Photography

Photographer Introduces Himself to His Childhood Self in Series of Hilarious Photoshopped Images

October 13, 2017

Kate Sierzputowski

Montreal-based photographer Conor Nickerson was flipping through family photos when he wondered what it might look like to see his present self Photoshopped next to his childhood self, a version he only remembered through old photographs. After gathering clothing, hats, and shoes that would match his boyhood self, he spent several hours in Photoshop learning how to accurately match his image to the photo’s time period.

The series, Childhood, is described as “Myself hanging out with myself, c. 1997-2005,” and took Nickerson about 6 months to complete. You can find more of Nickerson’s work on his website and Facebook. (via PetaPixel)

 

 



Animation

Paper Trail: An Animated Collage by Jake Fried

October 13, 2017

Christopher Jobson

Animator Jake Fried (previously) is known for his hand-drawn ink and white-out films that incorporate dense imagery and symbolism across a rapidly changing field of view, all photographed frame by frame through nearly 1,500 layers. His latest piece, Paper Trail, introduces a collage-like feel through a lovely layering technique. You can see many more of his films on Vimeo.

 

 



Art Food

Decadent Pastries Formed From Porcelain and Glass by Shayna Leib

October 12, 2017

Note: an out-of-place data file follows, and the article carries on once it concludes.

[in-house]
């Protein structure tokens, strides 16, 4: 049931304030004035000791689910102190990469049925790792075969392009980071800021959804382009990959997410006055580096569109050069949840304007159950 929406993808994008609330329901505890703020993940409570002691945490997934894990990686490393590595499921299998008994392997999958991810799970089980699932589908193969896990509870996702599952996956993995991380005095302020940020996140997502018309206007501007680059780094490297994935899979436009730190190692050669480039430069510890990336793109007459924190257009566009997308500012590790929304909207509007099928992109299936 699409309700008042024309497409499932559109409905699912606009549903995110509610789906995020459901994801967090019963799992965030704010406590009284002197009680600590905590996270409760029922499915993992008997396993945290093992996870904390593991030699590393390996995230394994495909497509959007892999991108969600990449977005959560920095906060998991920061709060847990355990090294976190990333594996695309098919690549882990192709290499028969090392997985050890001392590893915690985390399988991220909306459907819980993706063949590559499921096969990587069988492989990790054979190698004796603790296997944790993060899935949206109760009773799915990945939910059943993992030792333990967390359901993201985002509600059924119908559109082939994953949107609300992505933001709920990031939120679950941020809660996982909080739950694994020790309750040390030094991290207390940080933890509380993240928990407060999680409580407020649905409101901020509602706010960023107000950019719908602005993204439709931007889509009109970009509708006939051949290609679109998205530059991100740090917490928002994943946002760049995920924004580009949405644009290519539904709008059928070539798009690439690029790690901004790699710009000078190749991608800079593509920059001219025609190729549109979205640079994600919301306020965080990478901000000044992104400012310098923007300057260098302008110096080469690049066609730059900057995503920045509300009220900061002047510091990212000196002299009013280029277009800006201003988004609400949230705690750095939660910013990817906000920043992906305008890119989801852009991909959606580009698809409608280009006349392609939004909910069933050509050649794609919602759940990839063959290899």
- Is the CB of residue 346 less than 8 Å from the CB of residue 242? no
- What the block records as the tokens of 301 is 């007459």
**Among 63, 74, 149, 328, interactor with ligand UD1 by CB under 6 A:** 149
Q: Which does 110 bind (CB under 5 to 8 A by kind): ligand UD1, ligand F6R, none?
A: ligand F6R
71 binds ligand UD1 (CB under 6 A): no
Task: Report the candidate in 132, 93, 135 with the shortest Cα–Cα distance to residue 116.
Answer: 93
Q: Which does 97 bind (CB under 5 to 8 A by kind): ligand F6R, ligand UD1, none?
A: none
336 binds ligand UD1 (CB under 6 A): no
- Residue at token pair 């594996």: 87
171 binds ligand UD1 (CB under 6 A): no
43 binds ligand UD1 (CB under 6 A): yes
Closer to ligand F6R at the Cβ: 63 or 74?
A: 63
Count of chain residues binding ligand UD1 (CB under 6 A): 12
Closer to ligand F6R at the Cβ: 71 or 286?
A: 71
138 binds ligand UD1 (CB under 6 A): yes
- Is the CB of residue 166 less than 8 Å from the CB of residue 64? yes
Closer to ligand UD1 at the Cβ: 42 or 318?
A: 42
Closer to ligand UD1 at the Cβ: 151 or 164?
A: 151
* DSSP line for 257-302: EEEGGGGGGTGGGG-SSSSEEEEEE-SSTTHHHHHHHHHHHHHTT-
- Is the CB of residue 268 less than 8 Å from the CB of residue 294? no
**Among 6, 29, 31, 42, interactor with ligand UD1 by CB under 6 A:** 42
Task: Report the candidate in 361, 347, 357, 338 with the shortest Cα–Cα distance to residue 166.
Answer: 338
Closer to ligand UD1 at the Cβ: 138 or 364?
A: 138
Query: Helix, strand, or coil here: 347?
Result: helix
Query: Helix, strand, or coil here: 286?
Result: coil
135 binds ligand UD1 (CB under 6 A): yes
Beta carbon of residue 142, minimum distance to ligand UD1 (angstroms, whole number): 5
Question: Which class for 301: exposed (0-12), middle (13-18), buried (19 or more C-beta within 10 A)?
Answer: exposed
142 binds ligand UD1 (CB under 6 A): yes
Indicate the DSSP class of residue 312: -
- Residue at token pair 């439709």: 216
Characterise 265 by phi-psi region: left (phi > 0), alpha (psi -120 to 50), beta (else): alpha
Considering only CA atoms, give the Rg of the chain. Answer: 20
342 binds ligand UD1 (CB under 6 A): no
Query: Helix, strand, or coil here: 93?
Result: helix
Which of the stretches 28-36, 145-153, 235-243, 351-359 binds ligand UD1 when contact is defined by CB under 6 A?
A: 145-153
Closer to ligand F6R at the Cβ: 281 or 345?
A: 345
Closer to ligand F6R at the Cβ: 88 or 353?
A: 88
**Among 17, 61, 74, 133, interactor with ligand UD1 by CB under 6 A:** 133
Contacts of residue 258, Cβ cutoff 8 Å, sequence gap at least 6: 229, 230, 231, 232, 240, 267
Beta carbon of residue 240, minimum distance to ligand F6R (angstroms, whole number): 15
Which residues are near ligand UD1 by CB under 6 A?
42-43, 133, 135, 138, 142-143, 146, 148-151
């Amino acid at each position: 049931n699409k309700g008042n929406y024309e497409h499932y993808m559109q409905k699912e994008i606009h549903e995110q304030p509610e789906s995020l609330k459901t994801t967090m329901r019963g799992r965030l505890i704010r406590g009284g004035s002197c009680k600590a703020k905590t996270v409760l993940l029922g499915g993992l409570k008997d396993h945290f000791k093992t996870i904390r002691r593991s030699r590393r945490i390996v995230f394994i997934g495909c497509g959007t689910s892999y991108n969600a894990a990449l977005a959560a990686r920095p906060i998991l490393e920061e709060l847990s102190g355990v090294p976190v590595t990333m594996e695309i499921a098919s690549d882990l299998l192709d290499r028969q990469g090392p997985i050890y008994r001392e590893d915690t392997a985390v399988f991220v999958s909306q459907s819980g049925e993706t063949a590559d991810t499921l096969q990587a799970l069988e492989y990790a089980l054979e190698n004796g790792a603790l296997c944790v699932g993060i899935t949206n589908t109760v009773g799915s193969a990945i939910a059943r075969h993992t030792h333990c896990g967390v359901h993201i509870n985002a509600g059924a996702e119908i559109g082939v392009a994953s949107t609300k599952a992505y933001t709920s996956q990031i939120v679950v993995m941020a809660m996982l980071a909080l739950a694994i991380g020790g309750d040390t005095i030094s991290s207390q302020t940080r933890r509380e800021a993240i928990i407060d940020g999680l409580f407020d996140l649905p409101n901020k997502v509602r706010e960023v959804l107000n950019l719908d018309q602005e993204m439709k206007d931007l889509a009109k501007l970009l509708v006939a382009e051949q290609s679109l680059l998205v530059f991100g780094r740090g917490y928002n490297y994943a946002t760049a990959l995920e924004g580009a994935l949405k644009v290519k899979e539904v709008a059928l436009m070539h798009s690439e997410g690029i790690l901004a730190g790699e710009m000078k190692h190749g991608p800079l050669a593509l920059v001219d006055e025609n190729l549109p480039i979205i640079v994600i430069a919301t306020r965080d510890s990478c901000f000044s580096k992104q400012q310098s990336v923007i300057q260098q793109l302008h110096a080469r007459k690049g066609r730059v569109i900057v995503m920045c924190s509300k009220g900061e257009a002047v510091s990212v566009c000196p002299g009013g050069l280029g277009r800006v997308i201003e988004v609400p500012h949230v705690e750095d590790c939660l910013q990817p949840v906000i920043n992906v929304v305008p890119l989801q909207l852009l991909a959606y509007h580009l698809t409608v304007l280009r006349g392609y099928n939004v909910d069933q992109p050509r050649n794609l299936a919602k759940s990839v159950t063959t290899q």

Kate Sierzputowski

All photos by Eric Tadsen

Glass artist Shayna Leib (previously), like anyone, is deeply attracted to the seductive pull of decadent desserts. Unlike most however, Leib is unable to indulge. Her body reacts to several aspects of puffed pastries and chocolate mouses, causing her to have many severe dietary restrictions. It was this void that pulled her towards the desire to work with the unattainable, to recreate the objects she couldn’t eat.

“This body of work started as a therapeutic exercise in deconstruction and a re-training of the mind to look at dessert as form rather than food,” says Leib in an artist statement about her series Patisserie. “It soon became a technical riddle, and I became a food taxidermist of french pastries.”

To create the glossy sculptures she combines elements of porcelain and glass, utilizing nearly every technique for both to achieve the hyperrealistic quality of each faux dessert. Like a typical French pastry would be rolled, glazed, baked, and trimmed, Leib hot-sculpts, fuses, casts, grinds, throws, and even pipes with a theme-appropriate pastry tube. You can view more of her sweet imitations on her website, Instagram, and Facebook.

 

 



Design

An Optical Illusion Tile System Designed by Casa Ceramica

October 12, 2017

Christopher Jobson

British tile company Casa Ceramica have designed a novel optical illusion flooring system that uses real tiles to create a vertigo-inducing warped floor. The skewed checkerboard floor functions as the entryway to their showroom in Manchester, lending an Alice in Wonderland atmosphere to a generally traditional medium. You can see a couple more photos on their Instagram. (via Laughing Squid)

 

 



Illustration

New Paper Textured Editorial Illustrations by Eiko Ojala

October 11, 2017

Christopher Jobson